Meanwhile in Grand Rapids, Michigan, a single Commodore Amiga controls the heat/AC for public school district
Seriously, all 19 schools have their boilers and ACs controlled by a Commodore Amiga that was bought in the 80s and programmed by a student. In fact, the same person still provides the tech support for it.
The computer is responsible for turning the heat and the air conditioners on and off for 19 school buildings.There are some problems though:
“The system controls the start/stop of boilers, the start/stop of fans, pumps, [it] monitors space temperatures, and so on,” Hopkins explained.
A Kentwood High School student programmed it when it was installed in the 1980s. Whenever the district has a problem with it, they go back to the original programmer who still lives in the area.
Parts for the computer are difficult to find, Hopkins said. It is on its second mouse and third monitor.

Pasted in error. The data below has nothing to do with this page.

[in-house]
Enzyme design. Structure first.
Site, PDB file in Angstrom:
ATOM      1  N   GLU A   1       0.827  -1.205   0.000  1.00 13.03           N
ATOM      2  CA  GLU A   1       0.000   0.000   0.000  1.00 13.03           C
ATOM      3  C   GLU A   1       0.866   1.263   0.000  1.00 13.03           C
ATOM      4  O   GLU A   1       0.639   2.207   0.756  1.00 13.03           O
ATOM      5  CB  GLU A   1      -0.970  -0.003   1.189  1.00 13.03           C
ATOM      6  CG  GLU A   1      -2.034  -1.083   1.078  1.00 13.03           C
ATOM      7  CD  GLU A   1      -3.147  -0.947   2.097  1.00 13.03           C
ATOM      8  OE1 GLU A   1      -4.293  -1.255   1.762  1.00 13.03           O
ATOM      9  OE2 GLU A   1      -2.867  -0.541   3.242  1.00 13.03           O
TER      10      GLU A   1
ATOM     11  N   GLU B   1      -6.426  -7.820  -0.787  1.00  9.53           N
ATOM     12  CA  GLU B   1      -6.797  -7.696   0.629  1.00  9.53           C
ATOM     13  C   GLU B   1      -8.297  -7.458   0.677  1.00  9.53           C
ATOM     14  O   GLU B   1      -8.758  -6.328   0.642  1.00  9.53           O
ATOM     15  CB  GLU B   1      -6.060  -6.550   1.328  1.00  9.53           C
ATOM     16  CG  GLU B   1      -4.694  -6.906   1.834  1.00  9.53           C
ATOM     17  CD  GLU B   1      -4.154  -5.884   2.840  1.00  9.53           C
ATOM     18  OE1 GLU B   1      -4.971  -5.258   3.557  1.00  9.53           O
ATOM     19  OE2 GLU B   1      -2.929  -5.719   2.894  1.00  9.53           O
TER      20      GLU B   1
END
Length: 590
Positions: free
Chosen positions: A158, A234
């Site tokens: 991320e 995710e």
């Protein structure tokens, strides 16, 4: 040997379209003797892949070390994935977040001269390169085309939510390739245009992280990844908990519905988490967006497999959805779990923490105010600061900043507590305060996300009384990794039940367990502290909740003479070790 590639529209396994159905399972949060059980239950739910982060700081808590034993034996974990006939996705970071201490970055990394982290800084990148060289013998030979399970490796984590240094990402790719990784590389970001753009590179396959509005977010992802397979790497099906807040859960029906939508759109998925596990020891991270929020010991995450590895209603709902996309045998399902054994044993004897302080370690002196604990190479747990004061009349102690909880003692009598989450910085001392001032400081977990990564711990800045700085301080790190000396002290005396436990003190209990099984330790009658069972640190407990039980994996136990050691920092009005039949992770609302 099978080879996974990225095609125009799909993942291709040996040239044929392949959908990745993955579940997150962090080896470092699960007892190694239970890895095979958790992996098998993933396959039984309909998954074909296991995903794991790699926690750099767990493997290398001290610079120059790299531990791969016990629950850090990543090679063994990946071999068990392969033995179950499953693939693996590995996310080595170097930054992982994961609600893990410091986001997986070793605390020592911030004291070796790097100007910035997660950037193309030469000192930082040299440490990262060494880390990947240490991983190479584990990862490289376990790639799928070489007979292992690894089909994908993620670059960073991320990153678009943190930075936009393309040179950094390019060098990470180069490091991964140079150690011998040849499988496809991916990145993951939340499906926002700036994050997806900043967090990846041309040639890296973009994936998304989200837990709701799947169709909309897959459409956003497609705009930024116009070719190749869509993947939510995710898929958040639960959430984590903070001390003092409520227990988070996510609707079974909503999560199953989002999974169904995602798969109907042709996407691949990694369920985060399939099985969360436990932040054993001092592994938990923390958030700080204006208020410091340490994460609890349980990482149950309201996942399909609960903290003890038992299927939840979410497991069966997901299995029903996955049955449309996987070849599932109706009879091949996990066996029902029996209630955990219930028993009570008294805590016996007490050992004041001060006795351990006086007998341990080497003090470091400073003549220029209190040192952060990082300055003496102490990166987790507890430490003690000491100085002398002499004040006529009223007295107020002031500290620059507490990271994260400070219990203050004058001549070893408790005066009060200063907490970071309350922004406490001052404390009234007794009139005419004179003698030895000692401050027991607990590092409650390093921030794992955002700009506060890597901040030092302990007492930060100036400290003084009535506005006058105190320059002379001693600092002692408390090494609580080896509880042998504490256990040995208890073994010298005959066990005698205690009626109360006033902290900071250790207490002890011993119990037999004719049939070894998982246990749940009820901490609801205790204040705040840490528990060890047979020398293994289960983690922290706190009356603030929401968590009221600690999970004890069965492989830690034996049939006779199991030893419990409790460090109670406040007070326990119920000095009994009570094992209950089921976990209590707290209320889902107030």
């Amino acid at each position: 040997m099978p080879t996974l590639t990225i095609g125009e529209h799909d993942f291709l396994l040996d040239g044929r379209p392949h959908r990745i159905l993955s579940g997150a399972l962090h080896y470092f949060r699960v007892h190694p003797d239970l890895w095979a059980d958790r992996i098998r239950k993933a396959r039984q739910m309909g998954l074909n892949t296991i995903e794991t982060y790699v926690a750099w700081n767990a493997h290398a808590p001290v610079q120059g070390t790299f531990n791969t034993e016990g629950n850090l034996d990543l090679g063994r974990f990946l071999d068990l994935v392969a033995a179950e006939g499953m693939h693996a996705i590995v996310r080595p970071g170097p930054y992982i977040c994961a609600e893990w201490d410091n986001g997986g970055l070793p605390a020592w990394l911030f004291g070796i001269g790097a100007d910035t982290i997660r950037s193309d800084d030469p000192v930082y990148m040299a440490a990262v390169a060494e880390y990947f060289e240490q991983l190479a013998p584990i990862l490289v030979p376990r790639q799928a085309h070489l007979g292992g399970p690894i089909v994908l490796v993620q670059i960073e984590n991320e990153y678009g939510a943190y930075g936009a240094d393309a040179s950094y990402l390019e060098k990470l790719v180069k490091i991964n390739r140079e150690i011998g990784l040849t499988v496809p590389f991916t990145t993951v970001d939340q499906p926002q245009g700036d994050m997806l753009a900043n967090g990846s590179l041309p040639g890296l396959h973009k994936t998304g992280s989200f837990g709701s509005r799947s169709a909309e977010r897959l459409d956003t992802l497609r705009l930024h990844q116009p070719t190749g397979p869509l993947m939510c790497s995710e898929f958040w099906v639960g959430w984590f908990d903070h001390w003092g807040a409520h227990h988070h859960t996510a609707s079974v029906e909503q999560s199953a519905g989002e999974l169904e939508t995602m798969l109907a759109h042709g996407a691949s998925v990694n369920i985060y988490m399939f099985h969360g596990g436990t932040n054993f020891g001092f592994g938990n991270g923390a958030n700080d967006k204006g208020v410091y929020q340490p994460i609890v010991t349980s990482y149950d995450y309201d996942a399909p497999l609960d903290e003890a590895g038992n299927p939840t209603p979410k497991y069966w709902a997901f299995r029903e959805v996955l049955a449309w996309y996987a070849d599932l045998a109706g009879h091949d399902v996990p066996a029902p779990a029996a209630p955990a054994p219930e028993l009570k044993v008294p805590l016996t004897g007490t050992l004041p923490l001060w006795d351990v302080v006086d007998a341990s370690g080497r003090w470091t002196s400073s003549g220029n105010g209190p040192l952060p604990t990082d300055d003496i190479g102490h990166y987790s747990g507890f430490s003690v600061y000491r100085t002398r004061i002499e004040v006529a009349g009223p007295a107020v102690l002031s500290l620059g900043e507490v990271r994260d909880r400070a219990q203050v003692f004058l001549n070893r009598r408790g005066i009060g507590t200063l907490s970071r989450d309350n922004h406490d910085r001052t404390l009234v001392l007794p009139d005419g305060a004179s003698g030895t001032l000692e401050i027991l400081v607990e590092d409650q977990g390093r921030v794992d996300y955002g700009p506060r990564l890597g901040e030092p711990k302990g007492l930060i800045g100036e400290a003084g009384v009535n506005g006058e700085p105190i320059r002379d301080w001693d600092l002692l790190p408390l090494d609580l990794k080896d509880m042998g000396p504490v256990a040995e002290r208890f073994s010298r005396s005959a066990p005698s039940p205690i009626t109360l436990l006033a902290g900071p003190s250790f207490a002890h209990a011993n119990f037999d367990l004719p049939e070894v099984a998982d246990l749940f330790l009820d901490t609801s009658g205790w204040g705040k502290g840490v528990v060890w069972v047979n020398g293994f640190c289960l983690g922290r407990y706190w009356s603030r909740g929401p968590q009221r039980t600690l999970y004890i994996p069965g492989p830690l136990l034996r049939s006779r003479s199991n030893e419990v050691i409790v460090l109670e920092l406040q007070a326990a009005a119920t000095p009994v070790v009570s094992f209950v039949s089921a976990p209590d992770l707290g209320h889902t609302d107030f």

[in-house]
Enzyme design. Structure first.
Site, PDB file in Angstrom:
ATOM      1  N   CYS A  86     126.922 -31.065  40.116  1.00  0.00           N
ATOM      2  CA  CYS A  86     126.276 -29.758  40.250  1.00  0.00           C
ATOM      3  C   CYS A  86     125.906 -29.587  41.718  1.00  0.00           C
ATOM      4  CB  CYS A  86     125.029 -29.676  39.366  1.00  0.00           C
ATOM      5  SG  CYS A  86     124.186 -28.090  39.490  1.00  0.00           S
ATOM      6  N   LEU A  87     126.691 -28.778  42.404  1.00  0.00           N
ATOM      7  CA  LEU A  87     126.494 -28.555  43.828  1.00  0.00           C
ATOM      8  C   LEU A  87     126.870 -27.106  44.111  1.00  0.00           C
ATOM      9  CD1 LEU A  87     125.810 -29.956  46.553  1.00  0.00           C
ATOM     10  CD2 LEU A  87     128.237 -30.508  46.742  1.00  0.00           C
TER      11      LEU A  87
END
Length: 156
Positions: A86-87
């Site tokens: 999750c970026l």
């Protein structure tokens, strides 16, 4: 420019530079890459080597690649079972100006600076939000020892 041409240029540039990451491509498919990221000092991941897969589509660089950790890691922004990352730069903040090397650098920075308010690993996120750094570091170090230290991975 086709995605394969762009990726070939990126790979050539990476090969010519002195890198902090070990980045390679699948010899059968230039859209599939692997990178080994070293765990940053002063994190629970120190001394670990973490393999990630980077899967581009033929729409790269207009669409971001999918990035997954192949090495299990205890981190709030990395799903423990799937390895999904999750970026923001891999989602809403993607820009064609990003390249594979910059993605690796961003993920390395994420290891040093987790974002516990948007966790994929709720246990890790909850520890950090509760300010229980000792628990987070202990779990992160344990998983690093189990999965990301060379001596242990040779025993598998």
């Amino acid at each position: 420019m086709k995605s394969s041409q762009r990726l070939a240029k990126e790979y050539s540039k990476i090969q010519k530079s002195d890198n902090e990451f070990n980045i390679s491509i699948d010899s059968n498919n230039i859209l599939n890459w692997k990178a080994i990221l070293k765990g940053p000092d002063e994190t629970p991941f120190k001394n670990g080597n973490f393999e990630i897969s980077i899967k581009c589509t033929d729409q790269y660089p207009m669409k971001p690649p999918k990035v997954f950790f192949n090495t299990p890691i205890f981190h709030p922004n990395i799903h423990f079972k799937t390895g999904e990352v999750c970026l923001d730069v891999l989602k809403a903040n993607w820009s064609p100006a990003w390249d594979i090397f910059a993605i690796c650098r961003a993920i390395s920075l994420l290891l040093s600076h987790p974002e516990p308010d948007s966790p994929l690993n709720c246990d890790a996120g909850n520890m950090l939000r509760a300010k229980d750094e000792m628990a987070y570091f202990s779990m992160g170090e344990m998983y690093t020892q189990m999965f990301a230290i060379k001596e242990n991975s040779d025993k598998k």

“It’s a very unique product. It operates on a 1200-bit modem,” said Hopkins. “How it runs, the software that it’s running, is unique to Commodore.”
Hopkins said the system runs on a radio frequency that sends a signal to school buildings, which reply within a matter of seconds with the status of each building. The only problem is that the computer operates on the same frequency as some of the walkie-talkies used by the maintenance department.According to the article, the Amiga is slated for replacement by a $1-2 million system if the school district gets a $175 million bond approved. It just amuses the hell out of me that a 30+ year old computer is still responsible for making sure that students and faculty in almost twenty schools don't fry or freeze. On the other hand, it was pointed out in the comments of the original article and at the BoingBoing forums that the Amiga could easily be replaced with Raspberry Pi, which costs like $30 per unit. It would do the exact same thing that the Amiga is doing so well, but wouldn't cost millions.
“Because they share the same frequency as our maintenance communications radios and operations maintenance radios — it depends on what we’re doing — yes, they do interfere,” Hopkins said.
If that happens, “we have to clear the radio and get everyone off of it for up to 15 minutes.”